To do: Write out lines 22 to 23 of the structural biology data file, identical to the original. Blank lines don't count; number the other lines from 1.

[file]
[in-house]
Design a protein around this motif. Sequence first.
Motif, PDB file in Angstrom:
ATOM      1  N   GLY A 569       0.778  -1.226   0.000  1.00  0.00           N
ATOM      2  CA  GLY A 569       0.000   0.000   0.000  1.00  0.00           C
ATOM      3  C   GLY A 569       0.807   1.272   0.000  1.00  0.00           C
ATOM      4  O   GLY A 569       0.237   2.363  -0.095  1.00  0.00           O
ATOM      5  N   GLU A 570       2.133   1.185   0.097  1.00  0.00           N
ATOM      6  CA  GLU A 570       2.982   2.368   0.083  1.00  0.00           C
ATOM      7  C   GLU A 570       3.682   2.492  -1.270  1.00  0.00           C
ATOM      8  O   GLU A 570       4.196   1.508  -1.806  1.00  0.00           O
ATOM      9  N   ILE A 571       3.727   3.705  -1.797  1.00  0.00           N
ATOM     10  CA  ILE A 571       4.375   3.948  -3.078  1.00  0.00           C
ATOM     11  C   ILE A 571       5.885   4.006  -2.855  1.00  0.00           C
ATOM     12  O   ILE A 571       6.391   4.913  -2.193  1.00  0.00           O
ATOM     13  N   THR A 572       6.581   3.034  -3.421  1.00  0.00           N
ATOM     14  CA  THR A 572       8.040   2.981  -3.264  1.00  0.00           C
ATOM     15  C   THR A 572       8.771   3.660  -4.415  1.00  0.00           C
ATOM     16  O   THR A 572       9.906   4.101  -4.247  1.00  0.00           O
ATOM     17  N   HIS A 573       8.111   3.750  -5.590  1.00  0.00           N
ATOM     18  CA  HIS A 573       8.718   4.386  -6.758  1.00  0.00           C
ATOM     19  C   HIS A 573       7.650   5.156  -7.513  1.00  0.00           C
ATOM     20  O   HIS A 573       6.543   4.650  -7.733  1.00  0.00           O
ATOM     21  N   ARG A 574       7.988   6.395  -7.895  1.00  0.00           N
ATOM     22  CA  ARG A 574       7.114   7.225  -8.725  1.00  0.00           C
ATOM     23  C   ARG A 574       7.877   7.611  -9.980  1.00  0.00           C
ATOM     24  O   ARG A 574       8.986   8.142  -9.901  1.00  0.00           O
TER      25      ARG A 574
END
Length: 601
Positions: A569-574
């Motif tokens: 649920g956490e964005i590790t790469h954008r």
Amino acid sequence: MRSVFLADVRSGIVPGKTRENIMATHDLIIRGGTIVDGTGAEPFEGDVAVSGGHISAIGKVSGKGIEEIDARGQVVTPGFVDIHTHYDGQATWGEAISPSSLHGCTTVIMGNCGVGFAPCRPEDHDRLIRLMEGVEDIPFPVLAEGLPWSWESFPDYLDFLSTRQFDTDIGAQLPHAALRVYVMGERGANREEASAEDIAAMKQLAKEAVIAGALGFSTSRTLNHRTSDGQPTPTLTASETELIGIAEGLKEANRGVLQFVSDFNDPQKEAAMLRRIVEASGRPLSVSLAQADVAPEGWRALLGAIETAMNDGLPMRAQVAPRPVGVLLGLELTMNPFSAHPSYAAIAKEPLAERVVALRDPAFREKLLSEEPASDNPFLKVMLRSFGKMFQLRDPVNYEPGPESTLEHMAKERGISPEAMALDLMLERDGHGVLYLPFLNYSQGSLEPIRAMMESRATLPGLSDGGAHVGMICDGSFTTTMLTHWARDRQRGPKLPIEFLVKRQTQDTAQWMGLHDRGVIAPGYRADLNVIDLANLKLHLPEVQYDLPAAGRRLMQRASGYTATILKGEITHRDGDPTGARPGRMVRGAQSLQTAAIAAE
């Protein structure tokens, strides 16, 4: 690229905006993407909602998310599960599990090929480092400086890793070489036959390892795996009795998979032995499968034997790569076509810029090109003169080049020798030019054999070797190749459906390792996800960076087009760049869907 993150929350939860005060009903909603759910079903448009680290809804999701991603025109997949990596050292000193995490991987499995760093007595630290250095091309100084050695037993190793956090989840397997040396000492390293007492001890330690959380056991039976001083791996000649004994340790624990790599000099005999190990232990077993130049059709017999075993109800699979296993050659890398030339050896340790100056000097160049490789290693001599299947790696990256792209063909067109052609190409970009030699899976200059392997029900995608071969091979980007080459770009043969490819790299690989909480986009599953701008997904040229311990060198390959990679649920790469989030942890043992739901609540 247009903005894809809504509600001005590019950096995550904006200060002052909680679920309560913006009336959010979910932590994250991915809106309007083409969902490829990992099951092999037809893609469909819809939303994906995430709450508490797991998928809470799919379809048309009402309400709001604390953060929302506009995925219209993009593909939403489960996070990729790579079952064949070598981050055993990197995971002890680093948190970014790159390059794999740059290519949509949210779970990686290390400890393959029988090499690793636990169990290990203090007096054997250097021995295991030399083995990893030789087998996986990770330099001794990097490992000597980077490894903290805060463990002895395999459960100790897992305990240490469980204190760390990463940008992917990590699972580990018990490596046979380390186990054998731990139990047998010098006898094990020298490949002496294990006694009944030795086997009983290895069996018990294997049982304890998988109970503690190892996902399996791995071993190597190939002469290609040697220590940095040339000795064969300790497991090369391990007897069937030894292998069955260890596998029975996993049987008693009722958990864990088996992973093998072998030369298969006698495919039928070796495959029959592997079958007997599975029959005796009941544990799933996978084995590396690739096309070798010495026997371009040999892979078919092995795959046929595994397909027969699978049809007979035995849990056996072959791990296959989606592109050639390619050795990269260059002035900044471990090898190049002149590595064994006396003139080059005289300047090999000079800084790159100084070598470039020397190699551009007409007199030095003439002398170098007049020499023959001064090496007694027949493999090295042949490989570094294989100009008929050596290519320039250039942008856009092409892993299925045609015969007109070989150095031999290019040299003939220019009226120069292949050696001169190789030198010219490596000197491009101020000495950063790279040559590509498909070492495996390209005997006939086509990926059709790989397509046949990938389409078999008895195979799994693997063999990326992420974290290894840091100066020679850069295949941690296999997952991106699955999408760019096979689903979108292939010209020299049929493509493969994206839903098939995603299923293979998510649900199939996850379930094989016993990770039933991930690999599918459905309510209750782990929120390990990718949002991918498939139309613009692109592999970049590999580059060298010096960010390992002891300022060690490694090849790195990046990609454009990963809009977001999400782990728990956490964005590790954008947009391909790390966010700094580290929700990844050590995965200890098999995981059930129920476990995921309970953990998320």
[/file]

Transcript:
ATOM     19  C   HIS A 573       7.650   5.156  -7.513  1.00  0.00           C
ATOM     20  O   HIS A 573       6.543   4.650  -7.733  1.00  0.00           O